As published on thomsonreuters.com, Wednesday 5 April, 2023.
As the much-anticipated beneficial ownership registry moves toward realization, a group of US senators urged that financial institutions' access to it be expanded
A bipartisan group of United States senators recently urged the U.S. Treasury Department’s anti-money laundering (AML) unit to give banks broader access to an incoming registry that identifies individual owners of legal entities. Banks can leverage the registry’s beneficial ownership information across their AML and sanctions programs, the lawmakers said in a letter expressing concern over implementation of the Corporate Transparency Act (CTA).
Congress enacted the transparency legislation as part of the AML Act of 2020. It aims to stem criminal abuse of shell companies by creating a national registry to identify the beneficial owners of complex corporate and legal structures. Slated to be operational on January 1, 2024, the registry will ultimately contain data on tens-of-millions of legal entities.
The senators’ letter urged the Financial Crimes Enforcement Network (FinCEN) to amend a proposed rule governing access to the non-public registry. As written, the proposal “deviates from congressional intent by inappropriately restricting financial institution access to and use of (beneficial ownership information, or BOI),” it said.
The proposal’s public comment period ended in mid-February 2022, but not before the American Bankers Association (ABA), an influential trade group, submitted a letter labeling it “fatally flawed” and recommending its withdrawal. The proposed access rule “creates a framework in which banks’ access to the registry will be so limited that it will effectively be useless, resulting in a dual reporting regime for both banks and small businesses,” the ABA said.
The senators’ letter to FinCEN seemed to support elements of the ABA’s position, calling on regulators to ensure that financial institutions can use beneficial ownership information across their anti-money laundering, combating the financing of terrorism (CFT), sanctions-screening, and broader financial crime compliance programs.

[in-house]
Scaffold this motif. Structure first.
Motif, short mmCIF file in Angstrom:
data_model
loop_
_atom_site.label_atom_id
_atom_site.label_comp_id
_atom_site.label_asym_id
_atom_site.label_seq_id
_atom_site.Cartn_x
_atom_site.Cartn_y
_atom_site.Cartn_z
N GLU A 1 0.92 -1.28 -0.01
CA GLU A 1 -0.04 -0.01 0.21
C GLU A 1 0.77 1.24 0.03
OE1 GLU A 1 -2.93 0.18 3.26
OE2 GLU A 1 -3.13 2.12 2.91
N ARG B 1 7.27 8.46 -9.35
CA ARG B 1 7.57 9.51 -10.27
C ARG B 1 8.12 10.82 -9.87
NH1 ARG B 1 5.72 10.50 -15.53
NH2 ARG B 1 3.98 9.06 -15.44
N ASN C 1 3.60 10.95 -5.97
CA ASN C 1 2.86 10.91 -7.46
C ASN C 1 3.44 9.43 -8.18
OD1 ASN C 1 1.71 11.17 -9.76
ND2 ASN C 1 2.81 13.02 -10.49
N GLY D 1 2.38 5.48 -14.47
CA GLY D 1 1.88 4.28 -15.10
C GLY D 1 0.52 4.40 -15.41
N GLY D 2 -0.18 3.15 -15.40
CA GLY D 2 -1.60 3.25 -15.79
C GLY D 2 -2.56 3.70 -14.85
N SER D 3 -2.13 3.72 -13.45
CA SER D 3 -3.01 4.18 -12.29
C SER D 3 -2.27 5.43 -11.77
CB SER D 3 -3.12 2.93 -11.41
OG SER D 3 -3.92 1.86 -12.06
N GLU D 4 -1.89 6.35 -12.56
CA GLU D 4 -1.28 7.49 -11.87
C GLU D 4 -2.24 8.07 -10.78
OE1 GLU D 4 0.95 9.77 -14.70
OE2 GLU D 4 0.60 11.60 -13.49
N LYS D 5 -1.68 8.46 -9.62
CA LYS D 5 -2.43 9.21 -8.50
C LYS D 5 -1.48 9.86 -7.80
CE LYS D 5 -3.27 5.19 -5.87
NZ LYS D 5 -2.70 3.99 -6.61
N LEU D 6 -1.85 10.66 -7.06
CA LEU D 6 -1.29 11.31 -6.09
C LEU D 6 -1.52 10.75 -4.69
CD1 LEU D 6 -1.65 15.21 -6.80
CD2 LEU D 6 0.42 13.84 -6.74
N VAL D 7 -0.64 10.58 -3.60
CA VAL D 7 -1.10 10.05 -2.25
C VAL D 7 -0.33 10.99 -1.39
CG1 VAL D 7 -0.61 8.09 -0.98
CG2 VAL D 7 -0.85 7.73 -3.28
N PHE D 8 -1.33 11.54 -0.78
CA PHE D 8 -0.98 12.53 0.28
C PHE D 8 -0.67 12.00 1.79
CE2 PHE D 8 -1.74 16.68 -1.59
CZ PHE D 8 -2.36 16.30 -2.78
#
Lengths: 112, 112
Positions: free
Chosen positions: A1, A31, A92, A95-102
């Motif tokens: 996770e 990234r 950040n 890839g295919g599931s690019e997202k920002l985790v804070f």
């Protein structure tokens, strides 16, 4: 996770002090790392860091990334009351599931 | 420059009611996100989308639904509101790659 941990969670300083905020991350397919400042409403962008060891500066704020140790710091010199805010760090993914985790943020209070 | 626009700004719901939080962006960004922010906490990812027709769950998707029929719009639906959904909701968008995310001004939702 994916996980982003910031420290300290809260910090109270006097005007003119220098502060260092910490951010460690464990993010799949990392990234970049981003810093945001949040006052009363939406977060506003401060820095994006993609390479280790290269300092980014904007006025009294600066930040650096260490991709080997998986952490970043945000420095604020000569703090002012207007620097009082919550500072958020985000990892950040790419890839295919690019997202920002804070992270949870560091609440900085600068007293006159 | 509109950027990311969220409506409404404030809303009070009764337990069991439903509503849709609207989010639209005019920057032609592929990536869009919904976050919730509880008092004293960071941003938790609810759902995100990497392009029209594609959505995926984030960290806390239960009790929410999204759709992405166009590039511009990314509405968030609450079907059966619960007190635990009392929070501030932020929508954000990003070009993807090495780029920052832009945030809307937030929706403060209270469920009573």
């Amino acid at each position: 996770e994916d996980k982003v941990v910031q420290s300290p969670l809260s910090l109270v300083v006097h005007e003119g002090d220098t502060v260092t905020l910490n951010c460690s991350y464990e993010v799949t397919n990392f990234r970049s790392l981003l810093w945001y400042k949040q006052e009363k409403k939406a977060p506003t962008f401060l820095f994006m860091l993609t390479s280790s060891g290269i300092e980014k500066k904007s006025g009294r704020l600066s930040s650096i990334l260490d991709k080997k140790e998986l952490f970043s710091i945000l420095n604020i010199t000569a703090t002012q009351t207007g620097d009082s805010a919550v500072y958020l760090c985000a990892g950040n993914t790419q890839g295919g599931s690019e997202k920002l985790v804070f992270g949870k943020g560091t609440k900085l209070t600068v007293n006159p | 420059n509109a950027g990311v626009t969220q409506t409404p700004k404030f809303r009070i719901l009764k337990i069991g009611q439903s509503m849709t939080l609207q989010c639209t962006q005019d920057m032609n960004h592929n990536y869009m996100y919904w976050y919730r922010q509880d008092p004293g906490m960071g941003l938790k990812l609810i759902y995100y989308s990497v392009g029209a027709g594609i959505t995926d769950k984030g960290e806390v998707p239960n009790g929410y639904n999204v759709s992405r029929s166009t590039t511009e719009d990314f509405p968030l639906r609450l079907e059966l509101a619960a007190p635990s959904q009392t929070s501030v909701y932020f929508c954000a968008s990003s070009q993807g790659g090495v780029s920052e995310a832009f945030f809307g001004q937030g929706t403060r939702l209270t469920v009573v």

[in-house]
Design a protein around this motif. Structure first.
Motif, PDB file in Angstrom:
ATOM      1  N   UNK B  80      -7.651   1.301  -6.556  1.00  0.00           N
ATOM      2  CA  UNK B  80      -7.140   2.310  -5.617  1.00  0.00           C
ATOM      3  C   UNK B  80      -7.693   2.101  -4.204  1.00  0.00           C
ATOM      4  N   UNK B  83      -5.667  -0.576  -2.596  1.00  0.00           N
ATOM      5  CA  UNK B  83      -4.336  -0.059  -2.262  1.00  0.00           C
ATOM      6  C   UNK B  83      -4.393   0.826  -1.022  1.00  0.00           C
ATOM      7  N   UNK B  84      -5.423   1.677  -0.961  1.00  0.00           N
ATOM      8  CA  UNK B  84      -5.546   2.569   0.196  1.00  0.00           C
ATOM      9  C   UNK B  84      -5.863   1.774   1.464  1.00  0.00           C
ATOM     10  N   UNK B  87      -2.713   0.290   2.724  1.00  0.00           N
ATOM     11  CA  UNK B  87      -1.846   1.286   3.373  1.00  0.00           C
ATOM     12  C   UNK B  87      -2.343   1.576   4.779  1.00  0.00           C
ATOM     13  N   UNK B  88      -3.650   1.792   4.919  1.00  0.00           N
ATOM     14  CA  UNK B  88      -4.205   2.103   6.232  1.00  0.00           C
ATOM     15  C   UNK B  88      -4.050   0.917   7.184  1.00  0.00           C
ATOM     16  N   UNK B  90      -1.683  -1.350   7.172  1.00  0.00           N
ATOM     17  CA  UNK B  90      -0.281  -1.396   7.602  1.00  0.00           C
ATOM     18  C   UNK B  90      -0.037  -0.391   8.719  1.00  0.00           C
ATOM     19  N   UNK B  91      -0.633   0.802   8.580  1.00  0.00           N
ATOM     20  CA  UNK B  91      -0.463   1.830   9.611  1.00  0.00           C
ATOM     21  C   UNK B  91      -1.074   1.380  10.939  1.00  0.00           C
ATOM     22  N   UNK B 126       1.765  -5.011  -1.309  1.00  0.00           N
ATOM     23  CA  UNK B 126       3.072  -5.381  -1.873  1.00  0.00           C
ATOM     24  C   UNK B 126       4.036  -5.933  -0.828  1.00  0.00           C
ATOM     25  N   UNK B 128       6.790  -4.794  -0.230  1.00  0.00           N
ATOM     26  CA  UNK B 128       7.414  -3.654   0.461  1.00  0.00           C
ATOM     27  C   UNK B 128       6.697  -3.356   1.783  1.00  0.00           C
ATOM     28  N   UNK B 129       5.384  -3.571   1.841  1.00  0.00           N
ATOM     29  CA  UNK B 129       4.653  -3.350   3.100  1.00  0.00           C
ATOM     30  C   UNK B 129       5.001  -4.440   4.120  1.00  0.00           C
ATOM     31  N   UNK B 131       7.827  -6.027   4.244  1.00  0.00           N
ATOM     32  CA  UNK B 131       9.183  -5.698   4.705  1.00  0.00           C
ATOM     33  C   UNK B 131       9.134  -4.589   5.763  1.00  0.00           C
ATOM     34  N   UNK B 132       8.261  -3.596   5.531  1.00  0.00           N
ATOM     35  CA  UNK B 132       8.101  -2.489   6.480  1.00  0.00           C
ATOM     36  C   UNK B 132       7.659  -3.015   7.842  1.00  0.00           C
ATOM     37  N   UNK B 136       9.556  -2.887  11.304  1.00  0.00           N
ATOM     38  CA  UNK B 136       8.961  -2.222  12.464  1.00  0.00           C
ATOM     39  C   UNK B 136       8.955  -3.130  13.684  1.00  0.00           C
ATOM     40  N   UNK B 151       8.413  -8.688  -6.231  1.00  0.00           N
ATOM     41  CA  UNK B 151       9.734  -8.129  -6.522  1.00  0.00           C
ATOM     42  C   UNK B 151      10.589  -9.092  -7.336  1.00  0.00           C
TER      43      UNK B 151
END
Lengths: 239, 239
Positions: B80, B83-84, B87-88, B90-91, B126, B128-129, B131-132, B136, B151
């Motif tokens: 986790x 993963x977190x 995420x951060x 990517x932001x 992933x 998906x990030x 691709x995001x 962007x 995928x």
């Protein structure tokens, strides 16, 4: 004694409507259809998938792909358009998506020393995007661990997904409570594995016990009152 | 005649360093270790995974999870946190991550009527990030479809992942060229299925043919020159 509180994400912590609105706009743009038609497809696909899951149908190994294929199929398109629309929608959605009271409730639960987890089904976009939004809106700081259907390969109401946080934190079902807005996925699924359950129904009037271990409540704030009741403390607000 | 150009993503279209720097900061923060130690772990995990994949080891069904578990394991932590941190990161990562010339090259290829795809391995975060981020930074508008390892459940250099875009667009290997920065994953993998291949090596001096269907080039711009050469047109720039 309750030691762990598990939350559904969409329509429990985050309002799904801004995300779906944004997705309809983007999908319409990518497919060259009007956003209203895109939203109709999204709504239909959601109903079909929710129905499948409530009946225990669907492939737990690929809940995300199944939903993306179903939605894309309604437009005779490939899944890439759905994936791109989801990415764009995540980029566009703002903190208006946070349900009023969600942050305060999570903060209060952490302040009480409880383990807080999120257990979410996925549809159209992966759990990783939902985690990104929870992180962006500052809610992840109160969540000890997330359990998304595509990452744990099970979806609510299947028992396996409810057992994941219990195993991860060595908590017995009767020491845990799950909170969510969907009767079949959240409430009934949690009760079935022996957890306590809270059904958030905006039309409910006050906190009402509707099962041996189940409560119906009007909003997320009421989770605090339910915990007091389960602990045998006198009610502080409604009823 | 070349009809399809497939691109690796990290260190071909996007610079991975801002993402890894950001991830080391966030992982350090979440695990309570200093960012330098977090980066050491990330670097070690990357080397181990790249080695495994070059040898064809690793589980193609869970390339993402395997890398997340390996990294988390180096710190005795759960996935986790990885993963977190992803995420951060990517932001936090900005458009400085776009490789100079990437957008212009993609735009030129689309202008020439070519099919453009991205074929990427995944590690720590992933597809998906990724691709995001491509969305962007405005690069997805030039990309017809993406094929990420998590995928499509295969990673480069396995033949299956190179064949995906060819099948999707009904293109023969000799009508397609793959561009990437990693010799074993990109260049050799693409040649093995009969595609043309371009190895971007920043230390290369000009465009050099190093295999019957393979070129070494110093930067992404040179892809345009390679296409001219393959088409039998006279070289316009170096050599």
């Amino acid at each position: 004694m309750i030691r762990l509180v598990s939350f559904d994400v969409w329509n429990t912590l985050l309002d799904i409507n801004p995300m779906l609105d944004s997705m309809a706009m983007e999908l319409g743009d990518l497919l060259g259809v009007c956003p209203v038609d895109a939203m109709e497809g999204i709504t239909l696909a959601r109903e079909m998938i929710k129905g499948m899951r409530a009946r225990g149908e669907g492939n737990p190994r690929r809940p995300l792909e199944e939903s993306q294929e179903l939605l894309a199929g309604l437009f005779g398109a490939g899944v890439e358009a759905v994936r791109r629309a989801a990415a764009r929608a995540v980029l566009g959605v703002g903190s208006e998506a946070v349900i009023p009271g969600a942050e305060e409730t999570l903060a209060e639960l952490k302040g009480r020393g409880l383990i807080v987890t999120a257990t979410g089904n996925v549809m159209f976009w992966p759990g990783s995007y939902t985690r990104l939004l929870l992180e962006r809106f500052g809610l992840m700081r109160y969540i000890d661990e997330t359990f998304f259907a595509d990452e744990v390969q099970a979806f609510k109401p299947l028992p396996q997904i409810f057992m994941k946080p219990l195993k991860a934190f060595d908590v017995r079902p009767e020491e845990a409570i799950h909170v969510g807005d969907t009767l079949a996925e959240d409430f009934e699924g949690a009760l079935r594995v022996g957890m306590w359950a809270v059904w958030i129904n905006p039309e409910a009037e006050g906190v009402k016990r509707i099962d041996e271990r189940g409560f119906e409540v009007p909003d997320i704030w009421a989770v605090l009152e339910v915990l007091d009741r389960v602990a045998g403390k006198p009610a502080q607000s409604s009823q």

Senators Sheldon Whitehouse (D-RI), Chuck Grassley (R-IA), Ron Wyden (D-OR), Marco Rubio (R-FL), and Elizabeth Warren (D-MA) submitted the letter, stating they want FinCEN’s rulemaking to “track closer” to Congress’s intent in the CTA.
“As drafted, this proposed rule risks impeding financial institutions’ timely access to the beneficial ownership directory,” the senators said. “Once the database is live, financial institutions across the country will immediately begin requesting access to BOI for the 32 million reporting companies in the country. It is essential that FinCEN establish an automated process (ideally one that integrates with existing compliance systems at financial institutions) for fielding and responding to these requests.”
The letter adds: “If FinCEN manually reviews every request from each financial institution, it risks overwhelming the capacity of the agency, generating major delays in the financial system, and undermining the utility of the directory.”
FinCEN takes feedback from public comments on its proposed rule “very seriously” and “are carefully considering all comments as we complete our work,” a FinCEN spokesperson stated. “FinCEN is committed to implementing an effective regime that enhances transparency on who ultimately owns or controls a company and to making this historic beneficial ownership database a highly useful tool for all stakeholders, including financial institutions, and others.”
The senators also urged FinCEN to clarify in the final rule that financial institutions “are not expected to affirmatively obtain new consent from an existing reporting company customer each time a financial institution needs to query the directory for information on such customer — assuming the customer previously provided the financial institution with its consent to request BOI from FinCEN.
“The current proposal could be read to forbid financial institutions from accessing the directory to assist with most of their Bank Secrecy Act, anti-fraud, and sanctions-screening requirements,” the letter also stated. “Congress intended that the directory be ‘highly useful’ to financial institutions, among other authorized users, and the CTA explicitly contemplates that financial institutions will incorporate BOI into their AML/CFT programs.”
Notably, however, the senators’ letter did not address all of the ABA’s concerns. It did not, for example, ask FinCEN to allow banks to share BOI with bank personnel in foreign jurisdictions, nor did it request a safe harbor from liability for financial institutions that use information obtained from the registry.
In addition to urging greater registry access for financial institutions, the senators also asked FinCEN to make other adjustments to the proposed access rule, including: